Spent the last set entranced by Nawal, a singer who resides in France but is from the Comoros Islands (off the east coast of Africa). Her performance was where I found the essence of the Lotus Festival for me. I can' recommend her music enough, although I can't tell you if what's special about her live performance carries through to the CD because her CDs sold out! (But has it in stock. It's called Kweli. I recommend it - or seeing her live. She's on tour in the US through October.)

Afterwards, we heard some music from Funkadesi and then a few songs from the Creole Cowboys. All in all, it was a great night of music. The organization that runs Lotus has made some changes that, I'm afraid, make the showcase concerts less appealing, in some respects, and I worry a little for the future of the festival because of this. But as long as it's around, do consider visiting Bloomington for the festival. I hear next year it's going to be October 5th through 8th. Mark your calendars!

Friday, September 16, 2005



Two of the workshops that I attended at GenCon were run by Brad Beaulieu (he's posted his notes on the site, in case anyone's interested), who won the WOTF contest for the 20th anthology (last year, I think). In one session, he asked if anyone else had entered the contest. Of 15 or so audience members, I was the only person who had entered a selection. I was surprised because entering this contest seems like such a logical thing to do. There's no reading fee. The judges are established authors in the sci-fi & fantasy genres. There are quarterly deadlines throughout the year. If your story places in any quarter, it's published in an anthology. There's a sizeable check involved if your work is the big winner for the year. Seems like a no brainer.

The story I entered last year is one I'm rather fond of. While it didn't place high enough to be considered for publication, I was informed that it had reached the quarter-finals, that the judges were impressed by it, and that I was encouraged to keep writing. That made for quite the positive experience.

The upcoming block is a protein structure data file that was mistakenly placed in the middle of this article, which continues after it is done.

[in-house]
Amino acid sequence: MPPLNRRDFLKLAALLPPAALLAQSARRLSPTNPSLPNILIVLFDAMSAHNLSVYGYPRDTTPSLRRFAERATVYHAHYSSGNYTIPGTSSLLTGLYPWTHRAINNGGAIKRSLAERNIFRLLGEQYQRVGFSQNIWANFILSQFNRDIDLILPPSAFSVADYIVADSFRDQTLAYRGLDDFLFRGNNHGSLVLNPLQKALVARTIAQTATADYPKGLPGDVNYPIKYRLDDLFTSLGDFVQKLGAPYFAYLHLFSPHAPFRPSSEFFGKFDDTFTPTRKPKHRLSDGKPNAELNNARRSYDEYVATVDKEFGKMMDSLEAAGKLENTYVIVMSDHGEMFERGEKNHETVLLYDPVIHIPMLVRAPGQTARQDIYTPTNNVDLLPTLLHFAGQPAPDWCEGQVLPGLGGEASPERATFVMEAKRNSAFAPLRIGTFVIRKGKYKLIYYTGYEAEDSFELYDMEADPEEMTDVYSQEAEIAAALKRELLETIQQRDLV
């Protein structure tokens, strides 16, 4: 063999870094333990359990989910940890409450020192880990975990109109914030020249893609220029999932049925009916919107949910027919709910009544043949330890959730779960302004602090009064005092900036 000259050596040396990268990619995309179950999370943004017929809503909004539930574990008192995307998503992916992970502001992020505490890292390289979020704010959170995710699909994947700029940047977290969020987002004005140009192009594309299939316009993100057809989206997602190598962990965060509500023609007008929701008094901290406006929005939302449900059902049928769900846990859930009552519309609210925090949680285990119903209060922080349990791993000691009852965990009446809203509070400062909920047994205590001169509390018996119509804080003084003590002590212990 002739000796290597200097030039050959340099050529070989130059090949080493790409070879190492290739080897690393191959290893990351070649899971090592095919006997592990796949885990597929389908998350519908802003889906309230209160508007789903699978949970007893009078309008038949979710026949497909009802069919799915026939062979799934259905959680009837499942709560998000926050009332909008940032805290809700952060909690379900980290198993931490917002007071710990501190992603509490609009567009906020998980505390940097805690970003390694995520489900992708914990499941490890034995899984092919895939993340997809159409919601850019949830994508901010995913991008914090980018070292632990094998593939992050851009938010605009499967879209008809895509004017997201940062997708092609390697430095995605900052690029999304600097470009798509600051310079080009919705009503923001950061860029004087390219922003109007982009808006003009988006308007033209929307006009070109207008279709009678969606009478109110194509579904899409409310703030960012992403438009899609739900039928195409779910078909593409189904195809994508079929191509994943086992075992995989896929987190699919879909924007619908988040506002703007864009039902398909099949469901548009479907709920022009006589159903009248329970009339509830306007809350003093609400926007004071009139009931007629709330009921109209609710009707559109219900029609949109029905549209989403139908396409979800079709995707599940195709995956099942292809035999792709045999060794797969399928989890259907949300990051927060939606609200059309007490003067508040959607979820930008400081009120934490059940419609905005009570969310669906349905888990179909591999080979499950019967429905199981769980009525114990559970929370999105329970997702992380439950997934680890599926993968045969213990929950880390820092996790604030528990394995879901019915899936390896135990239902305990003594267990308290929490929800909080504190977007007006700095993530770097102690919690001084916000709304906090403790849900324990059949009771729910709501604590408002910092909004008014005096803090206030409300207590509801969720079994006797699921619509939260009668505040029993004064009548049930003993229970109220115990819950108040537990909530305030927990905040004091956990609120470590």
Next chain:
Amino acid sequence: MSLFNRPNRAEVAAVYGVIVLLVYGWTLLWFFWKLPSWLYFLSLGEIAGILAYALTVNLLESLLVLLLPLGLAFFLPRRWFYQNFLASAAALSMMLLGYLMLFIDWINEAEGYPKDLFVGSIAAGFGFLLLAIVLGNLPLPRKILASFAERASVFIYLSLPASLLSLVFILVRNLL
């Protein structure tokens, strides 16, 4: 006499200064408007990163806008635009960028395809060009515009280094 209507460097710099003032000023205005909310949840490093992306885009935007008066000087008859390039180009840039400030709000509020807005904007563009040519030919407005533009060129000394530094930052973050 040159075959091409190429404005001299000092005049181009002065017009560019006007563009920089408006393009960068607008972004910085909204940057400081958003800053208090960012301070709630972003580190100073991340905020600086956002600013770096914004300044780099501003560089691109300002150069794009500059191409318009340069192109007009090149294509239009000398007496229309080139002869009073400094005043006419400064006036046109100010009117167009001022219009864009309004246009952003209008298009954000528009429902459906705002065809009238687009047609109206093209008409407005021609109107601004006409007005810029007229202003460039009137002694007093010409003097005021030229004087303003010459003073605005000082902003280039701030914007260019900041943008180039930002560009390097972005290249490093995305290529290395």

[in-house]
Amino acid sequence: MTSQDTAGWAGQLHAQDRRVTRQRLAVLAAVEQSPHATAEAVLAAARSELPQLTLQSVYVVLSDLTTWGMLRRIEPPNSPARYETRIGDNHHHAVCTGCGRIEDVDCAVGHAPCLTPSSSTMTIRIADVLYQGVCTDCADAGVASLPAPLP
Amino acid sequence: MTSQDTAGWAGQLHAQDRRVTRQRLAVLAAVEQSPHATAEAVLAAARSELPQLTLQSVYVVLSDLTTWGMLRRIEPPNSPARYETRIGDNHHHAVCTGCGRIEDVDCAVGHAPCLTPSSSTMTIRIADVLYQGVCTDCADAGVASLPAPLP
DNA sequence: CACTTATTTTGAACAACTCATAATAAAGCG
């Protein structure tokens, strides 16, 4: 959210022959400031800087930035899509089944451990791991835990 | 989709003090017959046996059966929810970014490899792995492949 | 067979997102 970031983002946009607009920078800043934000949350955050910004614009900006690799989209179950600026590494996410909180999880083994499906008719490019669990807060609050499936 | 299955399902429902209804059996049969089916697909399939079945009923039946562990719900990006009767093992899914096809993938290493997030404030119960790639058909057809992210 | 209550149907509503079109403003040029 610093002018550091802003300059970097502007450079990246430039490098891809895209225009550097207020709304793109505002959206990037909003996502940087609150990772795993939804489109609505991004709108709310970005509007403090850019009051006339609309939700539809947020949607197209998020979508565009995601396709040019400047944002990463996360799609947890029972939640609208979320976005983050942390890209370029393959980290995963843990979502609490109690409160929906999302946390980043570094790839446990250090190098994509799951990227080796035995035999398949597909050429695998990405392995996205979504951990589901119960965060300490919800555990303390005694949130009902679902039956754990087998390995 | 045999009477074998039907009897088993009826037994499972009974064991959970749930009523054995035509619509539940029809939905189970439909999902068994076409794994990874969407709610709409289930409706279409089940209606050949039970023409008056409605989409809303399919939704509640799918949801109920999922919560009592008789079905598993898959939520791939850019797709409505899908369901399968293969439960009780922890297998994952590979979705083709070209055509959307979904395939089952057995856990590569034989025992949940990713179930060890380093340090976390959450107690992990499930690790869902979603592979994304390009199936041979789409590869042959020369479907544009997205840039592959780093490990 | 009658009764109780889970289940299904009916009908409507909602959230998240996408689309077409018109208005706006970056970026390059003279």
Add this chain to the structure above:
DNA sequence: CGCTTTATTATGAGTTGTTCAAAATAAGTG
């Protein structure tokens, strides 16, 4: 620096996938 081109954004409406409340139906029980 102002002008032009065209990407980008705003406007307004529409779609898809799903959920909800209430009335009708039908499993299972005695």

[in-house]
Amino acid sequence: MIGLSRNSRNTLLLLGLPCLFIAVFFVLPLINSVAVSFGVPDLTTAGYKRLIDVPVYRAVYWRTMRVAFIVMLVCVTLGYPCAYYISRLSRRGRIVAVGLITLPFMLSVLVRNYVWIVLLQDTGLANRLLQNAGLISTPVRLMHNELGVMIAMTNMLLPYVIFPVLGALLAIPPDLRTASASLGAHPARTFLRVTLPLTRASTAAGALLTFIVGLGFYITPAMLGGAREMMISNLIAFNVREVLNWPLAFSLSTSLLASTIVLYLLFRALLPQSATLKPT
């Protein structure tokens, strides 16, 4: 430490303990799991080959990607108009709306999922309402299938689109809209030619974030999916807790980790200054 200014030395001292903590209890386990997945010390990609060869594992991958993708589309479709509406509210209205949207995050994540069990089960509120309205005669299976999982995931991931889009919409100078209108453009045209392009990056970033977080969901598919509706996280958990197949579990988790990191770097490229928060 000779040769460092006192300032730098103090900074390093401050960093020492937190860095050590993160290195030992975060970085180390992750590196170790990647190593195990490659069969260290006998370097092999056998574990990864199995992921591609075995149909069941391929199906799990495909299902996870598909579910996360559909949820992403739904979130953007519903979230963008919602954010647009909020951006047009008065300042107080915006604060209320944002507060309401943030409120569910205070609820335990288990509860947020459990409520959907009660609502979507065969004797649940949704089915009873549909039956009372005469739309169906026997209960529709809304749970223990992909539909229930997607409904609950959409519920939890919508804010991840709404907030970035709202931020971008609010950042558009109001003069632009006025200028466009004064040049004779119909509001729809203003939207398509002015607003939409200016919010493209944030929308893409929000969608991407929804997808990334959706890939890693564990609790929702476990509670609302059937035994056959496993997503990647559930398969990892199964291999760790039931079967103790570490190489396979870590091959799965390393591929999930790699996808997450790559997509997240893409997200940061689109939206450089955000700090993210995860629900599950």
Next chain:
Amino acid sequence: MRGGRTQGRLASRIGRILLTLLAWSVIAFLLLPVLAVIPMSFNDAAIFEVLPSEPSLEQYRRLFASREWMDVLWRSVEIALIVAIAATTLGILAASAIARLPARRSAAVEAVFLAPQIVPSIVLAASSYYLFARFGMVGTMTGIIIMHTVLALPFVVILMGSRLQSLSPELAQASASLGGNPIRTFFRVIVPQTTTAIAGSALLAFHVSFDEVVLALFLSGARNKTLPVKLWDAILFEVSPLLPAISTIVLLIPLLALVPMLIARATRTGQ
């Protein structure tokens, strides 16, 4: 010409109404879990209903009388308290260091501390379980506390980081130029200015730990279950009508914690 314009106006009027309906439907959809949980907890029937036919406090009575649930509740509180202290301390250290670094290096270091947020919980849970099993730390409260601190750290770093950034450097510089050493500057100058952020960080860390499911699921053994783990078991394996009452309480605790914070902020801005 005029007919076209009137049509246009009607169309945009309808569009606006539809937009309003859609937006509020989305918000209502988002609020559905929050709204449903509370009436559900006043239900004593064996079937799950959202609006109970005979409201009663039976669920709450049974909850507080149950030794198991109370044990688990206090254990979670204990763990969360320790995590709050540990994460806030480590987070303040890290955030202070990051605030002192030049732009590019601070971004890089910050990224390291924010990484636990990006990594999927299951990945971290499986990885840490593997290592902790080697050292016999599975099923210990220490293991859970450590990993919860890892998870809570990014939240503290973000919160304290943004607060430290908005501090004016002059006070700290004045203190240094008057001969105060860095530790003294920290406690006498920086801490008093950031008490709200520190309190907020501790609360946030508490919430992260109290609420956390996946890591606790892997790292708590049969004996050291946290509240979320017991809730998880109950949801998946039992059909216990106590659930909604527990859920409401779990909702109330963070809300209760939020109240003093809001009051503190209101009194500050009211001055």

The piece I've been working on with the aim to submit it to LRHWOTF this year (ooh, the end of the quarter is this month!) is also fantasy but quite different in tone and flavor of fantasy (modern rather than medievalesque). I like the piece, and I'm curious to see how readers respond to it. I feel like it's a winner, but I'm less and less convinced it's right for LRHWOTF. We'll see what happens... I have to decide it's finished first!

I need to follow the lessons I've learned from Marcy Rockwell and Harley Stroh. Write something every day. Keep sending stuff out regularly. Sleep is for folks who don't have aspirations to write for a living.

Tuesday, September 13, 2005



Sold a poem to Strong Verse. Not sure when it will appear on the site. It's called "Visiting Grandma," and the form is a sestina. (Recommended reading: Elizabeth Bishop's "Sestina.") Got the greatest note ever from the editor, too!

I posted links to a couple interesting contests to the forums on Ed Gentry's website. Check 'em out! One encourages you to take the cliches of a particular genre and just run with them while the other is for shorter genre fiction and will be judged by prolific genre-bending writer Kristine Kathryn Rusch, who writes the Retrieval Artist series (a favorite I recommend to anyone who enjoys a little noir with their sci-fi).

Waiting to hear on a couple writing-related things. Attempting to work with a small group of folks to establish a critique group. Finishing a story to submit to LRHWOTF.